Yates contends that she has produced evidence that defendants used a “flawed manufacturing process to produce the drug” and that defendants had “major difficulties in scaling up the manufacture of Ortho Evra from clinical trials to commercial production.” Appellant Br. at 47–48. The only evidence that Yates produced on this matter comes from an affidavit from an expert witness. Dr. Susan Parisian, a board-certified physician and a former chief medical officer with the FDA, opined that defendants failed to adhere to good manufacturing practices for commercial production of ORTHO EVRA®. Dr. Parisian stated that defendants experienced difficulties in scaling up the manufacture of ORTHO EVRA® from clinical trials to commercial production, apparently as evidenced by inter-lot variability with respect to estrogen release rates. Dr. Parisian further asserted that “prior to commercial launch of April 2002, [defendants] had not developed robust manufacturing release specifications and process validations necessary to ensure consistent release of safe and effective commercial ORTHO EVRA.” DE 94–6, Parisian Aff., Page ID 4567 (emphasis added). Notably missing from Dr. Parisian's affidavit, or from any other evidence produced by Yates, is support for the claim that there were manufacturing irregularities after the commercial launch of ORTHO EVRA®.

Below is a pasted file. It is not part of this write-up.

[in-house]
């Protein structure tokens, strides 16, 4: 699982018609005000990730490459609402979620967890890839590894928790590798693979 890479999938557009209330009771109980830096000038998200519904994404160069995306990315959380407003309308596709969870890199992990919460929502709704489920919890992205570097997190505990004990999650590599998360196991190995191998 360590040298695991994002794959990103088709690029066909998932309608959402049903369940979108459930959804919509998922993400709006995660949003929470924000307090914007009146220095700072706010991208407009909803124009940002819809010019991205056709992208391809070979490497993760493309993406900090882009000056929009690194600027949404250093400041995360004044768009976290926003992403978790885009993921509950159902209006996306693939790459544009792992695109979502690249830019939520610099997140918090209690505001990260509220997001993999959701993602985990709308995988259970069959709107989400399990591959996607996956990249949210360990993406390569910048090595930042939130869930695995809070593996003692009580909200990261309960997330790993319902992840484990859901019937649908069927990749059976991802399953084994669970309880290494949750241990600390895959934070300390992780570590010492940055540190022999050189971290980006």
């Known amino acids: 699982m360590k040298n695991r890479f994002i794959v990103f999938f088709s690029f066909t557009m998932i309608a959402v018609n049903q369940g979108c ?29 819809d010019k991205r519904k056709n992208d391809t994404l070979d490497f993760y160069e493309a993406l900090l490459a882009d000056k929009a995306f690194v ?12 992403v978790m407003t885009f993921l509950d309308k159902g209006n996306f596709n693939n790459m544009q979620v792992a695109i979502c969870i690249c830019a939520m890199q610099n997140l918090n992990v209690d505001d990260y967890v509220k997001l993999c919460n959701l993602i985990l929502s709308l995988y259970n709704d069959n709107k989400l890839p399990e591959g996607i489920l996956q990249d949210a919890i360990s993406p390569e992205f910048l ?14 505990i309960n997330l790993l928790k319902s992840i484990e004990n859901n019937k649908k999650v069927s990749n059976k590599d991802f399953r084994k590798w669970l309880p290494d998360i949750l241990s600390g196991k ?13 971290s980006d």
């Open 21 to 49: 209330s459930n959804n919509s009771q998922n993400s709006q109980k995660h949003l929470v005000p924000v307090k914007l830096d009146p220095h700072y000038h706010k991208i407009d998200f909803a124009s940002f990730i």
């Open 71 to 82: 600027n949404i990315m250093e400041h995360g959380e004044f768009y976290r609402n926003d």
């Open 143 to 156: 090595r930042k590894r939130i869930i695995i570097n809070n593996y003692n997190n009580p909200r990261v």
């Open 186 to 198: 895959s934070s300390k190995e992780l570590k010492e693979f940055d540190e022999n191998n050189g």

Defendants argue as follows:
Plaintiff cannot show that the product did not work as intended; ORTHO EVRA® did what it was prescribed to do—prevent her from becoming pregnant while using it. That she alleges that she experienced a known and warned-of side effect while using ORTHO EVRA® is not circumstantial evidence that the product did not perform as intended.
Appellee Br. at 51. We agree. If evidence of a known and warned-of side effect could be used as sufficient circumstantial evidence of a manufacturing defect, then every drug-user who suffered a known and warned-of side effect could state a claim for a manufacturing defect. Specifically, the fact that Dr. Roemholdt attributes Yates's stroke to her use of the ORTHO EVRA® patch is not evidence of a manufacturing defect, since the ORTHO EVRA® label and package insert explicitly warned of the risk of stroke. Further, Yates has produced no evidence, from Dr. Parisian or others, that any studies have revealed that the patches actually commercially produced and released to the public contained different estrogen amounts from either the FDA-approved design or each other. Allegations of problems in scaling up production from clinical trials to commercial distribution, however, simply are not circumstantial proof on the issue of whether the estrogen levels in ORTHO EVRA® patches commercially-distributed for public use differed from the FDA-approved design.
Drawing every reasonable inference in Yates's favor, as required on summary judgment, her manufacturing defect claim must fail. There is no evidence, direct or circumstantial, that the ORTHO EVRA® patch used by Yates, or anyone else, differed from the FDA-approved design.